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Why SMEs will revive Aussie manufacturing

Sasha Karen
17 October 2016 3 minute readShare
A steel worker in a factory with molten metal

While big manufacturers like Ford and Bonds have moved offshore, SMEs are expected to reap the benefits of reduced competition in the manufacturing space. Here's how they will likely succeed where bigger competitors have failed.

The recent Innovation and Automation in Australian Manufacturing Industries roundtable discussion in Sydney highlighted the challenges and opportunities in the sector.

Among the speakers were Peter Roberts, founder of the Australian Manufacturing Forum, Jason Furness, CEO of Manufacturship and ex-general manager of Holden, Shermine Gotfredsen, general manager of Universal Robots for Oceania and south-east Asia, and Matthew Murphy, production manager of family-owned SME Prysm Industries.

Where does Australian manufacturing stand?

“The story of how the nation began was with … big companies ... but Australia has changed from those days,” said Mr Roberts, suggesting that SMEs will increasingly fill the void left by the departure of large manufacturers.

According to Mr Roberts, there is plenty of room for local manufacturers to boost the scale of their business and enhance their contribution to national economic growth.A steel worker in a factory with molten metal

“The problem with manufacturing is it's not playing its part in providing a resilient and diverse economy ... [and] we're all waiting for a shock to affect the Australian economy,” he said.

“The current … deficit in manufacturing is $100 billion, so we're importing ... more than we are exporting.”

Speaking on the size of the opportunity for Australian producers, Mr Roberts said the sector could “double in size just to cover the manufacturing deficit”.

“This is a very big problem, because someone has to pay for the import of these products, and while we have at the moment cash flow from minerals and so on, if that dried up … it puts us in a very difficult position, because someone's got to pay for these imports, or we just can't afford them.”

However, despite painting a relatively gloomy picture of the current industry, Mr Roberts views SMEs as the saving grace.

“We're relying more and more on our SMEs ... which are right there investing, certainly looking to expand and not taking on board this negative view of the world,” he said.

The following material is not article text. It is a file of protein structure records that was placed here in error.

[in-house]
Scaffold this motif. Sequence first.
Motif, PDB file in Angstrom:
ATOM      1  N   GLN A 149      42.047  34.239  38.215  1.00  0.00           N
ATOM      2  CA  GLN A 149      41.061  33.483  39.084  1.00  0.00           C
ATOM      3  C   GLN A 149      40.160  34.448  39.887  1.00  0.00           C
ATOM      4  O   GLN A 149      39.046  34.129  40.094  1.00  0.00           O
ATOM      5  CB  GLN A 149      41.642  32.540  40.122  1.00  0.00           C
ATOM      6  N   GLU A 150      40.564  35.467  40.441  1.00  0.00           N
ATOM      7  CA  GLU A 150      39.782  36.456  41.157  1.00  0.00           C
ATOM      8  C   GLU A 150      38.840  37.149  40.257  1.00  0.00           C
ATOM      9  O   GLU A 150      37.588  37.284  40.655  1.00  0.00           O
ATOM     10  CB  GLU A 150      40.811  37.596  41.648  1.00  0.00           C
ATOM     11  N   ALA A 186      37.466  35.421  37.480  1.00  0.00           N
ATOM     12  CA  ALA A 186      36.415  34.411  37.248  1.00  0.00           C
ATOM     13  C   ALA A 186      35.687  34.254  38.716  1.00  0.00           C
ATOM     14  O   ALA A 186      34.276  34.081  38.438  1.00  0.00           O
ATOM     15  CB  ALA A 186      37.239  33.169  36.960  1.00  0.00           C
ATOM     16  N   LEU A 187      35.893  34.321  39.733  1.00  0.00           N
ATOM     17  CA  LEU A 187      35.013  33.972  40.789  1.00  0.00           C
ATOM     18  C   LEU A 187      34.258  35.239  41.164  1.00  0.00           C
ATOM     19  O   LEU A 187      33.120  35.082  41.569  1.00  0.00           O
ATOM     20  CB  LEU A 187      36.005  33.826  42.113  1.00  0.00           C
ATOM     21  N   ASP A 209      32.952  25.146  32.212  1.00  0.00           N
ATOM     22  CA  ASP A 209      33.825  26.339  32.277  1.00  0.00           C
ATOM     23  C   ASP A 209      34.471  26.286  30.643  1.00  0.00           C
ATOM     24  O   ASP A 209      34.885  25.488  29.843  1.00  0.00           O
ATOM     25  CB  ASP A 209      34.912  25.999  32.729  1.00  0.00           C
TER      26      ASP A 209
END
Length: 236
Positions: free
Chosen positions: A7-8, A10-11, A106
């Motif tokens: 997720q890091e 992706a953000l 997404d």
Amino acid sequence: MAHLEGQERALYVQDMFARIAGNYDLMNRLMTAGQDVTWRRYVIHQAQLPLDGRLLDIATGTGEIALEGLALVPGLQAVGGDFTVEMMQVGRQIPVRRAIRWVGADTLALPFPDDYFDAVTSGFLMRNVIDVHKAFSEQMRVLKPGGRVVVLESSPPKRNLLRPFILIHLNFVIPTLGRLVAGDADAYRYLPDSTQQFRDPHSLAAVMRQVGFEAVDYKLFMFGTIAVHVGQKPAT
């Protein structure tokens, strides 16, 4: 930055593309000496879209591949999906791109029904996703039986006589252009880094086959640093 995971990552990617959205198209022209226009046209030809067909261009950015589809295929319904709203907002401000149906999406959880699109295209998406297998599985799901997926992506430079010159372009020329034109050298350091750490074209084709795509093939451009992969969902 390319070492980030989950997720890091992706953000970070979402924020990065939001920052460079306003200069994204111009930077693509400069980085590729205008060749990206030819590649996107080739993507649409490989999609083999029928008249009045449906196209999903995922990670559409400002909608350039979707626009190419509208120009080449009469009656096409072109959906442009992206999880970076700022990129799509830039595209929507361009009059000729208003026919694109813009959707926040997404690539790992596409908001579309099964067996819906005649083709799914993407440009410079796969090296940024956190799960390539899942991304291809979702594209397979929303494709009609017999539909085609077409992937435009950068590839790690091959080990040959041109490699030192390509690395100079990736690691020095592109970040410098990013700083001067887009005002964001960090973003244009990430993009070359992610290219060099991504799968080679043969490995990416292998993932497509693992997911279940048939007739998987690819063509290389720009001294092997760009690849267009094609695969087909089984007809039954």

Automation in the manufacturing sector

Mr Furness broke the current state of automation in manufacturing industries down into three aspects – robotic arms, integrated systems and back-end automation.

“One is the application of the traditional robotics aisle arm, and one of the things that's holding them back is the perception they have about how every job they've got is different – and many of them are, [but businesses aren’t] actually even looking down that path yet, when they could,” he explained.

“The second one we're looking at is the all-singing and -dancing ... integrated system, where there are some [businesses] who are down that path and getting good wins out of it, but most of them have got this shortcoming of one person or two people only know how to use it, and almost none of them are using it to its full capabilities.

“It's like you've got 100 different fonts on Microsoft Word, but we only use about two. With most of this equipment, there's a lot more use out of it than the two fonts on Word.”

Mr Furness said the third aspect is probably the one with which most SMEs are already somewhat familiar.

“[That] is automation in their back-end processes. So, the automation of creating the programming, doing the design work ... There's still the scope in all those areas to take cost out, [enter] new markets by having a better precision result, and dramatically shorten their lead time,” he said.

“I agree with [Mr Roberts] completely; the future is the SME.”

Mr Murphy suggested that far from being frightened of automation doing away with manufacturing businesses, SMEs in the sector should proactively embrace automation.

As well as maintaining competitiveness, he said, in some instances automated SMEs can even get ahead of larger competitors.

“I wanted to be able to be competitive against some of the larger contract manufacturers,” Mr Murphy said.

“There are manufacturers out there … who've been doing it for 30 years and they've got the same machines they had 20 years ago; they haven't changed.

“The trigger for me [was] when ... I saw a company that I got invited to walk through, and I was just amazed at how … efficient the company ran ... just through robots and conveyors.

“I just thought, 'Well, if that's the top, we're a long way off at the moment' ... as robots become a lot more affordable and more of them come out, if you don't jump on board and start taking advantage of that, you're going to find yourselves priced out pretty quickly.”

Why SMEs will revive Aussie manufacturing
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Sasha Karen

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